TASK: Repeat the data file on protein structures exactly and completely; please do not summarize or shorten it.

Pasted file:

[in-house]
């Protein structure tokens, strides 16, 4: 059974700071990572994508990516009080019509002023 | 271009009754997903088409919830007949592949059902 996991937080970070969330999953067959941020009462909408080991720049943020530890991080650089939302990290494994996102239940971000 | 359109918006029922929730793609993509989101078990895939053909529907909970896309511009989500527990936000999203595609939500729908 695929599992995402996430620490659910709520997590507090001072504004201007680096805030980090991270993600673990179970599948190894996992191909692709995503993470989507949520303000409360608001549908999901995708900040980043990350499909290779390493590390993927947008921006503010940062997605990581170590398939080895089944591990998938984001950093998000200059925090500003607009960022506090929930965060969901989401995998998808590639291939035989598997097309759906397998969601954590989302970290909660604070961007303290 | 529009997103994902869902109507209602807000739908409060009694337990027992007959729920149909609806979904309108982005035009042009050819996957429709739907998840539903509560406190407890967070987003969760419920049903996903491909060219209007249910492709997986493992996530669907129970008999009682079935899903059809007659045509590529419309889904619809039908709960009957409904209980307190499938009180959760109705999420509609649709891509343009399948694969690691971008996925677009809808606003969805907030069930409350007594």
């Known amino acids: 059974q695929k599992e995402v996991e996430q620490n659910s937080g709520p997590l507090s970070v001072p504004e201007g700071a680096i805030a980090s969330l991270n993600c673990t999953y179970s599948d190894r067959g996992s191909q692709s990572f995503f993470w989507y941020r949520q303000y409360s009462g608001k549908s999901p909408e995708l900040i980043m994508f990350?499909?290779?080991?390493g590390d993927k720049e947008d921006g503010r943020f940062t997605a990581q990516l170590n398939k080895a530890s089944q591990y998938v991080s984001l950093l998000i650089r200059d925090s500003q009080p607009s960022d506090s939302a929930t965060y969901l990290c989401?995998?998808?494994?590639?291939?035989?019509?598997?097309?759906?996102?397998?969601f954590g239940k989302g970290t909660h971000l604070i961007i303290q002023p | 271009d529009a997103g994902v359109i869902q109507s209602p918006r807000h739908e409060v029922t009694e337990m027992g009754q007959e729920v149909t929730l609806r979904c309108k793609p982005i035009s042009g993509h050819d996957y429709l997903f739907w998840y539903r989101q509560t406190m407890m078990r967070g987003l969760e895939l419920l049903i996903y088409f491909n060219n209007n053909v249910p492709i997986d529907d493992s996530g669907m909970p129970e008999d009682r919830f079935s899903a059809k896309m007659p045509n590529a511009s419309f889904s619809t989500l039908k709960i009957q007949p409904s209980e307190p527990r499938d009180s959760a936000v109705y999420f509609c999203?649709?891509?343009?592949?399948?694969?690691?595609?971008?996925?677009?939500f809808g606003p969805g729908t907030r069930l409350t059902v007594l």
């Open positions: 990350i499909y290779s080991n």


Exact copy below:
[in-house]
């Protein structure tokens, strides 16, 4: 059974700071990572994508990516009080019509002023 | 271009009754997903088409919830007949592949059902 996991937080970070969330999953067959941020009462909408080991720049943020530890991080650089939302990290494994996102239940971000 | 359109918006029922929730793609993509989101078990895939053909529907909970896309511009989500527990936000999203595609939500729908 695929599992995402996430620490659910709520997590507090001072504004201007680096805030980090991270993600673990179970599948190894996992191909692709995503993470989507949520303000409360608001549908999901995708900040980043990350499909290779390493590390993927947008921006503010940062997605990581170590398939080895089944591990998938984001950093998000200059925090500003607009960022506090929930965060969901989401995998998808590639291939035989598997097309759906397998969601954590989302970290909660604070961007303290 | 529009997103994902869902109507209602807000739908409060009694337990027992007959729920149909609806979904309108982005035009042009050819996957429709739907998840539903509560406190407890967070987003969760419920049903996903491909060219209007249910492709997986493992996530669907129970008999009682079935899903059809007659045509590529419309889904619809039908709960009957409904209980307190499938009180959760109705999420509609649709891509343009399948694969690691971008996925677009809808606003969805907030069930409350007594």
């Known amino acids: 059974q695929k599992e995402v996991e996430q620490n659910s937080g709520p997590l507090s970070v001072p504004e201007g700071a680096i805030a980090s969330l991270n993600c673990t999953y179970s599948d190894r067959g996992s191909q692709s990572f995503f993470w989507y941020r949520q303000y409360s009462g608001k549908s999901p909408e995708l900040i980043m994508f990350?499909?290779?080991?390493g590390d993927k720049e947008d921006g503010r943020f940062t997605a990581q990516l170590n398939k080895a530890s089944q591990y998938v991080s984001l950093l998000i650089r200059d925090s500003q009080p607009s960022d506090s939302a929930t965060y969901l990290c989401?995998?998808?494994?590639?291939?035989?019509?598997?097309?759906?996102?397998?969601f954590g239940k989302g970290t909660h971000l604070i961007i303290q002023p | 271009d529009a997103g994902v359109i869902q109507s209602p918006r807000h739908e409060v029922t009694e337990m027992g009754q007959e729920v149909t929730l609806r979904c309108k793609p982005i035009s042009g993509h050819d996957y429709l997903f739907w998840y539903r989101q509560t406190m407890m078990r967070g987003l969760e895939l419920l049903i996903y088409f491909n060219n209007n053909v249910p492709i997986d529907d493992s996530g669907m909970p129970e008999d009682r919830f079935s899903a059809k896309m007659p045509n590529a511009s419309f889904s619809t989500l039908k709960i009957q007949p409904s209980e307190p527990r499938d009180s959760a936000v109705y999420f509609c999203?649709?891509?343009?592949?399948?694969?690691?595609?971008?996925?677009?939500f809808g606003p969805g729908t907030r069930l409350t059902v007594l």
């Open positions: 990350i499909y290779s080991n």